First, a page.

So what does this have to do with potcoin? Celebrities endorsing cryptocurrencies has been a common phenomenon over the past year and a half as virtual coins became more popular. Recently, celebs like Ghostface Killah from the Wu-Tang Clan, actor Jamie Foxx, and pro boxer Floyd Mayweather have all gotten involved in endorsing alternative cryptocurrencies.
But even as they’re legally dubious, celebrity endorsements are still effective at promoting virtual coins
The SEC has warned investors to be wary of coins endorsed by celebrities, saying: “Celebrities who endorse an investment often do not have sufficient expertise to ensure that the investment is appropriate and in compliance with federal securities laws.” It has even gone as far as creating its own fake initial coin offering website complete with fake celebrity endorsements to get its point across.
But even while they’re legally dubious, celebrity endorsements are still effective at promoting virtual coins that are otherwise not well-known outside of the cryptocurrency community.
As with last year’s trip, potcoin’s price jumped a bit when Rodman was photographed wearing the merch, although this time it was less substantial. There was an initial 20 percent bump last night, adding $4 million to its market cap. That has started to settle, and it’s currently up 15 percent in value for the day.
Several headlines say potcoin’s price is “soaring” as a result of Rodman’s endorsement, but the coin isn’t worth much to begin with. A double-digit increase means it’s only gone up a couple of cents in value. Currently, potcoin’s value is just under 10 cents, according to CoinMarketCap, with a market cap of around $20 million. To compare, that’s only about 0.01 percent of bitcoin’s total value of just under $116 billion.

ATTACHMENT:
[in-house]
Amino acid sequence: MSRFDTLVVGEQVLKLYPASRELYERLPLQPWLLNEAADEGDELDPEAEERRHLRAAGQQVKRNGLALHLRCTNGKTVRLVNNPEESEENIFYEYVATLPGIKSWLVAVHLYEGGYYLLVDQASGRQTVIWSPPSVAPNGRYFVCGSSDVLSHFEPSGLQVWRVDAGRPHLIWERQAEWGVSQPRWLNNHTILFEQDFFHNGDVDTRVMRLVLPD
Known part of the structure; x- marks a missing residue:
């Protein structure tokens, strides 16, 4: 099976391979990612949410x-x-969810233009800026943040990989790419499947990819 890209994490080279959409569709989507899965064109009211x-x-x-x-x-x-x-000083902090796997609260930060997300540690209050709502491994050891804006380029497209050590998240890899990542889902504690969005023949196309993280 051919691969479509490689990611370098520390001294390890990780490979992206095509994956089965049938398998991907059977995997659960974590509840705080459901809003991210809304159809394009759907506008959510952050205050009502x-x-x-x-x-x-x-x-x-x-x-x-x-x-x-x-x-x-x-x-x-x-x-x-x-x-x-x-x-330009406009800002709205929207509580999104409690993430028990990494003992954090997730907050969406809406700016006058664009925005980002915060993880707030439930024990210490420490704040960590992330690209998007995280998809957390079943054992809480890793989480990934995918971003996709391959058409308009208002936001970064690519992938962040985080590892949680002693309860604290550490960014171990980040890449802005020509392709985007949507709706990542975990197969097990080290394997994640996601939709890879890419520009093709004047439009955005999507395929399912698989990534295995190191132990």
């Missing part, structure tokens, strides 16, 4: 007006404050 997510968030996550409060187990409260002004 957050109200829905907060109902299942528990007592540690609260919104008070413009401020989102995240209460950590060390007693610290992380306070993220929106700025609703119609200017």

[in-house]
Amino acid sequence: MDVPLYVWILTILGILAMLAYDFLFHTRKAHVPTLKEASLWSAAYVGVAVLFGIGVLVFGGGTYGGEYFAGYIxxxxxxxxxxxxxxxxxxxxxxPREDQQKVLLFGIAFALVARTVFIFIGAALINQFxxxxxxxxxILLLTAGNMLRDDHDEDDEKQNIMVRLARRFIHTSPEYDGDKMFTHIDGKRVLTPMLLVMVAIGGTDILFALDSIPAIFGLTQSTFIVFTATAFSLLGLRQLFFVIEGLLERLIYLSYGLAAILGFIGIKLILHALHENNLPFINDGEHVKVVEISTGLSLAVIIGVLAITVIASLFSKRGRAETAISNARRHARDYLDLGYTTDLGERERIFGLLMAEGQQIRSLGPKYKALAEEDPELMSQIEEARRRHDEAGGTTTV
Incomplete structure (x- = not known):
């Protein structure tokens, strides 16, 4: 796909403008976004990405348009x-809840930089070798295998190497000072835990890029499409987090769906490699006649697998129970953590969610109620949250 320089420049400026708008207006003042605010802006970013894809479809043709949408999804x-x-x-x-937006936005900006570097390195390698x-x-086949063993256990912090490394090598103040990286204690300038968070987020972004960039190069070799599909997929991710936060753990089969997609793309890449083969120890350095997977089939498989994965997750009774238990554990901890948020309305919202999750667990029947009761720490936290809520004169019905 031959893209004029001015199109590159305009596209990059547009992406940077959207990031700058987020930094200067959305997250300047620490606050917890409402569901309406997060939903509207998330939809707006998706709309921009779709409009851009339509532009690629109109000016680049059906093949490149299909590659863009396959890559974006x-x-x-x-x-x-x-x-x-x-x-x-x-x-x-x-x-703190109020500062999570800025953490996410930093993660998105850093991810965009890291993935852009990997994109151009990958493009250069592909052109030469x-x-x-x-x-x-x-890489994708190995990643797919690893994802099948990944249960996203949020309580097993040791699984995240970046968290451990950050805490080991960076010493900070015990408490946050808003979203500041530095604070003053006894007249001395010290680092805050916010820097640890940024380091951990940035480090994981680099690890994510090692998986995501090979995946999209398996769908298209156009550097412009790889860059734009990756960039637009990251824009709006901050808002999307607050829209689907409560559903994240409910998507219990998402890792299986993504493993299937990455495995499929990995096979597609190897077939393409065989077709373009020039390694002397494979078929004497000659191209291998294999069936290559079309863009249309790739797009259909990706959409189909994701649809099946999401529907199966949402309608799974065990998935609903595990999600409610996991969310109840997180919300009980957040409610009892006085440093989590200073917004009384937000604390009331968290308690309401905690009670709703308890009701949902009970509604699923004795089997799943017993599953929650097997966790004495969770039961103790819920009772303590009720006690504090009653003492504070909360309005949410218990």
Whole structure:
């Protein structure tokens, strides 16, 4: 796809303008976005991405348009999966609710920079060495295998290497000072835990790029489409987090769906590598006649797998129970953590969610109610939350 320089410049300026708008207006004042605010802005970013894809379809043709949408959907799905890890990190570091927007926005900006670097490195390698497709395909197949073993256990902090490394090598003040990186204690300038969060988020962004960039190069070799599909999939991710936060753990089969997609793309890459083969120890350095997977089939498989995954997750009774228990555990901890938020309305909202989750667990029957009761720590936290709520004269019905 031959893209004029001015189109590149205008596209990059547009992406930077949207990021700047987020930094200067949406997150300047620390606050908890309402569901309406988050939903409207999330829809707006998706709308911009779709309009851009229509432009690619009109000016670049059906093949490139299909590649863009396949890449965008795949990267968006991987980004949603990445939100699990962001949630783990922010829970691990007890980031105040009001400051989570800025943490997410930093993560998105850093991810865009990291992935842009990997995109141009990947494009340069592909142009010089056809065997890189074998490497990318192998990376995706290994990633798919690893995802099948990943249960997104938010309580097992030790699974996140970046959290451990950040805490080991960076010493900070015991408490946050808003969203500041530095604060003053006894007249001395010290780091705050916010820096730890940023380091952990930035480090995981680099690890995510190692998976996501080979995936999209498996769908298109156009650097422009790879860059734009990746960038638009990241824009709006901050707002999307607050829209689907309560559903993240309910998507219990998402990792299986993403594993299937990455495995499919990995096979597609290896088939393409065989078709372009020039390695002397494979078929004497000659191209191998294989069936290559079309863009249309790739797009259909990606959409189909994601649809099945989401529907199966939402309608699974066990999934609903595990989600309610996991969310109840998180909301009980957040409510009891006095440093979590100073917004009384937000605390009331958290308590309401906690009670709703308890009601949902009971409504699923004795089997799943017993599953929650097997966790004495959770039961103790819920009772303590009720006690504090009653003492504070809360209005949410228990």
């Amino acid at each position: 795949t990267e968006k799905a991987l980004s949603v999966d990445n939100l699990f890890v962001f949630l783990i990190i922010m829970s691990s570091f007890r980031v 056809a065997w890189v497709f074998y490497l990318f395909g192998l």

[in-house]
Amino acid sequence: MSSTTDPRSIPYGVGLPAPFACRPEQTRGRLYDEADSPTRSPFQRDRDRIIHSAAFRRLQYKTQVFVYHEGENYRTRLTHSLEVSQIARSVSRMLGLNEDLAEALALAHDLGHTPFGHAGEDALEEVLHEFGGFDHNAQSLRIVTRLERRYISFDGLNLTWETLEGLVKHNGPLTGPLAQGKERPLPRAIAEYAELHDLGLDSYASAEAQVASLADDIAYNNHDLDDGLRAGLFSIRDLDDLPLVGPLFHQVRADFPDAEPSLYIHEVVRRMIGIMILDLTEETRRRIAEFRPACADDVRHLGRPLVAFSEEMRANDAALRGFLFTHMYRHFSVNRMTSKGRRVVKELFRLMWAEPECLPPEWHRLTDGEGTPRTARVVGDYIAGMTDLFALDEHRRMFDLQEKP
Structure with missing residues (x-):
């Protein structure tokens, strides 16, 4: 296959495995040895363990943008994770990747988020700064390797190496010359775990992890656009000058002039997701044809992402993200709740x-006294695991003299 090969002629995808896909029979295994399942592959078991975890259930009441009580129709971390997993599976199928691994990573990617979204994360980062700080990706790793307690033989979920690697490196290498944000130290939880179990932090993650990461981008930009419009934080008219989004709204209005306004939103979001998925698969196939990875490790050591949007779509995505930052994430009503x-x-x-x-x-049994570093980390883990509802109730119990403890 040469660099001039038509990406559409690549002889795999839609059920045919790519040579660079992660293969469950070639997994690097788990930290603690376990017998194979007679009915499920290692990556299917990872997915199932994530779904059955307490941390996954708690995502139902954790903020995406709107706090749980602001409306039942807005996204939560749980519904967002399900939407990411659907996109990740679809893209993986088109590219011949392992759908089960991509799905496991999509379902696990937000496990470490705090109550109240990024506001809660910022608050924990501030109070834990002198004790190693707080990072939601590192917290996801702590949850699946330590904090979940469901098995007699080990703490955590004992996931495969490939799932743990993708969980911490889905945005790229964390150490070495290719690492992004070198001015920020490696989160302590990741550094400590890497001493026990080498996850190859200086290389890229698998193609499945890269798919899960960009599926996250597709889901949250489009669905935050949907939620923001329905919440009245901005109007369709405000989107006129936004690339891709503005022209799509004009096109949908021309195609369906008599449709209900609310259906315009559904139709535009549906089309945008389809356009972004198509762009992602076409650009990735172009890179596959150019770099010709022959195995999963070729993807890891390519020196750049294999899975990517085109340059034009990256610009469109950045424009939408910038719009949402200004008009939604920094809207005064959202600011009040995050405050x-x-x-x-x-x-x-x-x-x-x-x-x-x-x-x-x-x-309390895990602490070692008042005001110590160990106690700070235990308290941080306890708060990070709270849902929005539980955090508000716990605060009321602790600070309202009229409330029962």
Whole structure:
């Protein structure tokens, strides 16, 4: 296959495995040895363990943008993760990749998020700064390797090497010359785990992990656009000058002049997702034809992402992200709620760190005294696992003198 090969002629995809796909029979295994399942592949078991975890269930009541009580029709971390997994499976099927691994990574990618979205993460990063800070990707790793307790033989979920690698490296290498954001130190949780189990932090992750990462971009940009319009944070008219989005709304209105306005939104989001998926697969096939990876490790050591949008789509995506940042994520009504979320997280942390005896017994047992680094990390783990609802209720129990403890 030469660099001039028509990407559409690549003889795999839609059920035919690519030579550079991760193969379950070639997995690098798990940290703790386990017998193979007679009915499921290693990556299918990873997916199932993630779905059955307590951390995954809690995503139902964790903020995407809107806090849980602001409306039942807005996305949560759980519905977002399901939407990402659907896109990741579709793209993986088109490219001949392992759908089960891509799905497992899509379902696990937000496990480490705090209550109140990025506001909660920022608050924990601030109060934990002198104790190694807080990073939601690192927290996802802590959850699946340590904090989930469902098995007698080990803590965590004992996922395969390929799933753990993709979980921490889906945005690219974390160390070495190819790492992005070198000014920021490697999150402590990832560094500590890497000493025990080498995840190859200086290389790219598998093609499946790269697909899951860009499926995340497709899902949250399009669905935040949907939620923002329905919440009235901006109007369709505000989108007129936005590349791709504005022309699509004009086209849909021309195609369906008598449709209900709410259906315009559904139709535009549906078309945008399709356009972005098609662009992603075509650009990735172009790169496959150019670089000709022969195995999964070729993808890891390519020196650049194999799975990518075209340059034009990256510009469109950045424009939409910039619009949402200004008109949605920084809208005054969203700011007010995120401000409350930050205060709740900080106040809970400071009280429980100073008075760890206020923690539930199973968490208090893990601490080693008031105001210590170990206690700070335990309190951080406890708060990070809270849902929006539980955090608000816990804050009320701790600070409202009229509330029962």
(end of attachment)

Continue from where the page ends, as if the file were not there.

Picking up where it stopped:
As far as using potcoin, there’s a dedicated digital wallet called potwallet that can be used online or on Android. (Sorry, iPhone users. It’s currently pending Apple App Store approval.) It can also be traded on platforms like Bittrex and Poloniex, but the actual usefulness of potcoin is debatable. Since inception, its value hasn’t increased all that much, and it’s hard to pinpoint how many vendors actually accept potcoin as payment. (Five online marketplaces are listed here.) Additionally, the coin’s online presence is generally quiet outside of flamboyant marketing stunts. (Its subreddit, for example, has only a few thousand subscribers.)
It’s not really that Rodman repping potcoin at a North Korean summit is unexpected. It’s more about how it feels like a culmination of multiple cultural trends coming together in one absurd moment. Over the last two years under Trump’s presidency, we’ve seen the line between celebrity and politics converge more and more. And while the rise of cryptocurrency has made some people very rich, it’s also been followed by sketchy endorsements, scams, hacks, and more government scrutiny. As one Twitter user wrote, seeing Rodman wear a MAGA hat and rep potcoin at the same time feels like peak 2018.